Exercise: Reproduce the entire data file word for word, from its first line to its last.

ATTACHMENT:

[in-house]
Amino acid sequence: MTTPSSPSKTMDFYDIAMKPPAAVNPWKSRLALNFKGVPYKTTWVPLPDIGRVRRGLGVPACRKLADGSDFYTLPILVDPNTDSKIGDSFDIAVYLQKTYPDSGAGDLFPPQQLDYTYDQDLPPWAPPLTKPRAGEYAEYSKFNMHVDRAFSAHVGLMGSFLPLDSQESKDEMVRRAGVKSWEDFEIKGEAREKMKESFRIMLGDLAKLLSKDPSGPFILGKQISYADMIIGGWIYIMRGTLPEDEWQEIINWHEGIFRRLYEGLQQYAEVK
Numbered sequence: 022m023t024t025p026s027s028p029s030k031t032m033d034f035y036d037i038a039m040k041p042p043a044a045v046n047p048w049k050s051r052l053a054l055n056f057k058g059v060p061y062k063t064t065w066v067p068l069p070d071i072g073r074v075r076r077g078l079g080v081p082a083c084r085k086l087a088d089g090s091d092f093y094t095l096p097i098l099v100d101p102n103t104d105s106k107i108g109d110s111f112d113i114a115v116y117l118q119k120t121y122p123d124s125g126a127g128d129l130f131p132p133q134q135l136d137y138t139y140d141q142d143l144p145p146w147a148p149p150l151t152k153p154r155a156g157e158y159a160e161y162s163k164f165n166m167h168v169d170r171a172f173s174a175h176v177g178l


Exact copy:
[in-house]
Amino acid sequence: MTTPSSPSKTMDFYDIAMKPPAAVNPWKSRLALNFKGVPYKTTWVPLPDIGRVRRGLGVPACRKLADGSDFYTLPILVDPNTDSKIGDSFDIAVYLQKTYPDSGAGDLFPPQQLDYTYDQDLPPWAPPLTKPRAGEYAEYSKFNMHVDRAFSAHVGLMGSFLPLDSQESKDEMVRRAGVKSWEDFEIKGEAREKMKESFRIMLGDLAKLLSKDPSGPFILGKQISYADMIIGGWIYIMRGTLPEDEWQEIINWHEGIFRRLYEGLQQYAEVK
Numbered sequence: 022m023t024t025p026s027s028p029s030k031t032m033d034f035y036d037i038a039m040k041p042p043a044a045v046n047p048w049k050s051r052l053a054l055n056f057k058g059v060p061y062k063t064t065w066v067p068l069p070d071i072g073r074v075r076r077g078l079g080v081p082a083c084r085k086l087a088d089g090s091d092f093y094t095l096p097i098l099v100d101p102n103t104d105s106k107i108g109d110s111f112d113i114a115v116y117l118q119k120t121y122p123d124s125g126a127g128d129l130f131p132p133q134q135l136d137y138t139y140d141q142d143l144p145p146w147a148p149p150l151t152k153p154r155a156g157e158y159a160e161y162s163k164f165n166m167h168v169d170r171a172f173s174a175h176v177g178l